If die ; brave death, when princes die with us !
Now, for our consciences, the arms are fair,
When the intent for bearing them is juft,

Enter another Mellenger.
Mcf. My Lord, prepare, the King comes on apace.

Hot. I thank him, that he cuts me from my tale. For I profess not talking: only this, Let each man do his belt. And here draw I A sword, whose temper I intend to stain With the best blood that I can meet withal, In the adventure of this perilous day. Now, Esperanza * ! Percy! and set on: Sound all the lofty instruments of war ; And by that music let us all embrace : For (heaven to earth t) some of us never shall A fecond time do such a courtesy.

[They embrace, then exeurt. The trumpets found. * This was the word of battle on Percy's fide. See Hall's chroDicle, folio 22. tie, one might wager heaven to earth. Mr. W.


Mr. Pope.


S CE N E The King entereth with his power; alarm to the battle.

Then enter Douglas, and Sir Walter Blunt. Blunt. What is thy name, that thus in battle crosWhat honour dost thou seek upon my head ? [fest me?

Doug. Know then, ny name is Douglas, And I do haunt thee in the battle thus, Because some tell me that thou art a King.

Blunt. They tell thee true.

Dong. The Lord of Stafford dear to-day hath bought Thy likeness; for instead of thee, King Harry, This sword hath ended him ; fo shall it thee, Unless thou yield thee as my prisoner.

Blunt. I was not born to yield, thou haughty Scot, And thou shalt find a King that will revenge Lord Stafford's death.

Fight, Blunt is sain : then enter Hot-fpur. Hot.O Douglas, hadit thou foughtat Holmedon thus, I never had triumphed o'er a Scot. Doug. All's done, all's won, here breathless lies the

King. Hot. Where? Doug. Here.

Hot. This, Douglas? no: I know his face full well. A gallant Knight he was, his name was Blunt, Semblably furnish'd like the King himself.

Doug. Ah ! fool, go with thy foul, whither it goes! A borrow'd title halt thou bought too dear. Why didst thou tell me that thou wert a King?

Hot. The King hath many marching in his coats.
Doug. Now, by my sword, I will kill all his coats;
I'll murther all his wardrobe piece by piece,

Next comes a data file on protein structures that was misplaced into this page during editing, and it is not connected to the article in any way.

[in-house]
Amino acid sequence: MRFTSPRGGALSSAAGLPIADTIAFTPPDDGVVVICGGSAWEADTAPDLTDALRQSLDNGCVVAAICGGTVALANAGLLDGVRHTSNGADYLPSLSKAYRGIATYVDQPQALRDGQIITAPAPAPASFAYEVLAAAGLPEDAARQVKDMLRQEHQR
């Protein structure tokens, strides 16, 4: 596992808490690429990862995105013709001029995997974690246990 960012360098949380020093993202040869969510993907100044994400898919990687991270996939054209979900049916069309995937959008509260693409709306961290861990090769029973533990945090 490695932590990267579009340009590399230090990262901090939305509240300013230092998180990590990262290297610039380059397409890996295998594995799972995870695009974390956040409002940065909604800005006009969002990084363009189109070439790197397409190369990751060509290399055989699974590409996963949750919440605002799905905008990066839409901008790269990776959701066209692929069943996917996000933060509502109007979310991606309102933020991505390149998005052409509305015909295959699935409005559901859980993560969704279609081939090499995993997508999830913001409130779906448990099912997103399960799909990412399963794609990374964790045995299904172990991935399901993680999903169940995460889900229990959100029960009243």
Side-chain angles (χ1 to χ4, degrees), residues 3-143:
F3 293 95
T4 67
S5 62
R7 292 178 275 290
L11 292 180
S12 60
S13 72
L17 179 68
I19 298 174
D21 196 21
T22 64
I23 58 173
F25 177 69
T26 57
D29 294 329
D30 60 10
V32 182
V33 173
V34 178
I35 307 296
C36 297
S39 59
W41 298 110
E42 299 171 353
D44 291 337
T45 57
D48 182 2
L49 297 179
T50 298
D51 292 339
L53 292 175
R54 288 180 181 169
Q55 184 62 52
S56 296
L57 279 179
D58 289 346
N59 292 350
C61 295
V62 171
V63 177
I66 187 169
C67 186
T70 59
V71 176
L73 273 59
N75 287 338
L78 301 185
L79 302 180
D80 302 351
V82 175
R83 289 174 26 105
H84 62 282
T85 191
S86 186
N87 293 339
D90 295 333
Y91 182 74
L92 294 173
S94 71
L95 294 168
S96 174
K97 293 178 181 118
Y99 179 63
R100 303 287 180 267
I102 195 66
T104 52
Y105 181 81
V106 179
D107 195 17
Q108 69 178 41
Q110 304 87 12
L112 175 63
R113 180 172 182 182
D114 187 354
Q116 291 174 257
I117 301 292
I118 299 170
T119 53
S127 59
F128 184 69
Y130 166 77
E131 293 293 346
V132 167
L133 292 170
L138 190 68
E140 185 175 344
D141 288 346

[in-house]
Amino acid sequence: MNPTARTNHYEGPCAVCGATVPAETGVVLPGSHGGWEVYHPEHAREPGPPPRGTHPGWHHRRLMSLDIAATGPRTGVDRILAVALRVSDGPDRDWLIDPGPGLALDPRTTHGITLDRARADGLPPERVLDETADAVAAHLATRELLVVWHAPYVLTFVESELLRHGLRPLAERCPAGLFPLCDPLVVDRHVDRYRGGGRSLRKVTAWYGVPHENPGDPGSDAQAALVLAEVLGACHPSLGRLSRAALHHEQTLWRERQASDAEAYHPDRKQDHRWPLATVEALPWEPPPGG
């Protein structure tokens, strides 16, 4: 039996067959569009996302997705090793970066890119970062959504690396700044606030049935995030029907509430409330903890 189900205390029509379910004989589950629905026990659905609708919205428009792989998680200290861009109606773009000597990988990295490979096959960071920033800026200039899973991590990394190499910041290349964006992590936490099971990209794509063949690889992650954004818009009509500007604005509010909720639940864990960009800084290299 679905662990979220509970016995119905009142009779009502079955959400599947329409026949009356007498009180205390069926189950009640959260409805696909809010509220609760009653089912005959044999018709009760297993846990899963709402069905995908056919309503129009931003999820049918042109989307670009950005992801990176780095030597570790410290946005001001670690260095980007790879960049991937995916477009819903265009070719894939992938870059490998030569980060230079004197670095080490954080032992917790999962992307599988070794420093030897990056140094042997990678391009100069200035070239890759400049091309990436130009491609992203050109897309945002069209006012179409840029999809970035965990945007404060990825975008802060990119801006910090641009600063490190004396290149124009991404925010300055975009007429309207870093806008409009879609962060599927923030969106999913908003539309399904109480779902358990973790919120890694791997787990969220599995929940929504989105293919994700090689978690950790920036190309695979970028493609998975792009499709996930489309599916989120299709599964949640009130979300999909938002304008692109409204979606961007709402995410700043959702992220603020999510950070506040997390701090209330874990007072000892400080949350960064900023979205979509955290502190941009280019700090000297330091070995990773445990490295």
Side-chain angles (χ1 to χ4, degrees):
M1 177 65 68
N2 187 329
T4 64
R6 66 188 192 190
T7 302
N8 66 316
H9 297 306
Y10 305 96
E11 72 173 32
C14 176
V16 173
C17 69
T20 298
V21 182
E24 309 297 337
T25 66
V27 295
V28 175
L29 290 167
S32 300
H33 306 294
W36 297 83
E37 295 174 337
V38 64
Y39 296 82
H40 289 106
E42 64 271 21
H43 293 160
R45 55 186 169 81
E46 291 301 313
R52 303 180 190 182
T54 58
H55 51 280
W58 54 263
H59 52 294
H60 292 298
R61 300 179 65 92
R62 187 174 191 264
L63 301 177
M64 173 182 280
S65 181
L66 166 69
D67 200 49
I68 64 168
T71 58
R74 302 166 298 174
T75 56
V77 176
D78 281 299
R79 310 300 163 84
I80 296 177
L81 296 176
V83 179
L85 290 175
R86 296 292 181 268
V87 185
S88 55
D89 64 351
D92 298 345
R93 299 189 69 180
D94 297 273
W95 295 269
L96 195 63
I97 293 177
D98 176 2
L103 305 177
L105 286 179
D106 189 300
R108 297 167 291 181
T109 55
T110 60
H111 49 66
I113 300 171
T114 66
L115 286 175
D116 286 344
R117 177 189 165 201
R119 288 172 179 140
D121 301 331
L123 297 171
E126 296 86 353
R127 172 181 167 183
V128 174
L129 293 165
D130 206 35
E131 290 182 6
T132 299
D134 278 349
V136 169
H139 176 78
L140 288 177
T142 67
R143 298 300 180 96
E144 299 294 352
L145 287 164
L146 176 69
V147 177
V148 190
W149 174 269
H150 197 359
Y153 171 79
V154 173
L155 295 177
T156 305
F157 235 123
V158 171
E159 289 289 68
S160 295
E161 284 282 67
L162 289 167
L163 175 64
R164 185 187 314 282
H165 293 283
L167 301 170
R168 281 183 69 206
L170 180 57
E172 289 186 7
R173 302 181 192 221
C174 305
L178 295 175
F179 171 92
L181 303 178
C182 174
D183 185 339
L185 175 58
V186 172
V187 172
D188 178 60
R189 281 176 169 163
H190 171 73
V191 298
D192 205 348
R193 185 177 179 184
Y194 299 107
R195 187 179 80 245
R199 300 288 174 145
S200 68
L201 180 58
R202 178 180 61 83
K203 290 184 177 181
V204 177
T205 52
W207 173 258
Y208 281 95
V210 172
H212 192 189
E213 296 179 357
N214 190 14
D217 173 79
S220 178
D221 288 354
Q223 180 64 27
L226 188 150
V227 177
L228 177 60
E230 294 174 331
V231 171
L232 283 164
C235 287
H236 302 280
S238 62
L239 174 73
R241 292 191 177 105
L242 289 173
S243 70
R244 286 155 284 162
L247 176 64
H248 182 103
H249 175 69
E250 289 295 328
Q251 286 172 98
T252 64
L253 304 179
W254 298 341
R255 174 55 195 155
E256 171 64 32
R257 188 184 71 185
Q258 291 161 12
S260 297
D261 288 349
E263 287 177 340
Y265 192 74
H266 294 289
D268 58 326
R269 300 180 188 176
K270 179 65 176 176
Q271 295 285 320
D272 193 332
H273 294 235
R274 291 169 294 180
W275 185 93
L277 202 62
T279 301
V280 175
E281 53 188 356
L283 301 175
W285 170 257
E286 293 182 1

Until I meet the King.

Hot. Up and away,
Our soldiers stand full fairly for the day.

[Exeunt, SCENE VII. Alarm, enter Falstaff folus.

Fal. Though I could'scape shot-free at London, I fear the shot here: here's no scoring but upon the pate.




I pr’ythee

Soft, who art thou ? Sir Walter Blunt? There's honour

for you: here's no vanity ? 'I am as hot as moulten leåd, and as heavy too. Heav'n keep lead out of me; I need no more weight than mine own bowels! “I have “ led my rag-o-muffians where they are pepper'd : «' there's not three of my hundred and fifty left alive; 5 And they are for the town's end, to beg during life. 66 But who comes here?

Enter Prince Henry.
P.Henry. What, stand'st thou idle here ? lend me thy
Many a noble man lies stark and stiff

Under the hoofs of vaunting enemies ;
Whose deaths are unrevenge'd. Lend me thy sword.

Fal. O Hal, I pr’ythee, give me leave to breathe a while. Turk Gregory

never did such deeds in arms as I have done this day. I have paid Percy, I have made him sure. P. Henry. He is indeed, and living to kill thee:

lend me thy sword.
Fal. Nay, Hal, if Percy be alive, thou get'st not my
sword : but take my pistol, if thou wilt.

P. Henry. Give it me: what, is it in the case ?
Fal. Ay, Hal, 'tis hot. There's that will fack a city.

[The Prince draws out a bottle of sack. P. Henry. What, is it a time to jest and dally now?

[Throws it at him, and Exit. Fal. If Percy be alive, he'll pierce him; if he do come in my way, so; if he do not, if I come in his willingly, let him make a carbonado of me. I like not fuch grinning honour as Sir Walter hath: give me life, which if I can save, so; if not, honour comes unlook'd for, and there's an end.

* Meaning Gregory VII, called Hildebrand. This furious frier fur. mounted almost juvincible obstacles to deprive the Emperor of his right of investiture of Bishops, which his predecellors had long atiempted in vain. Fox, in his biftory, had made this Gregory odious, that I don't doubt but the good Protestants of that iime were well pleased to hear him thus characterised, as uniting the attributes of their two great enemies, the Turk and Pope, in one. Mr. Warburto11.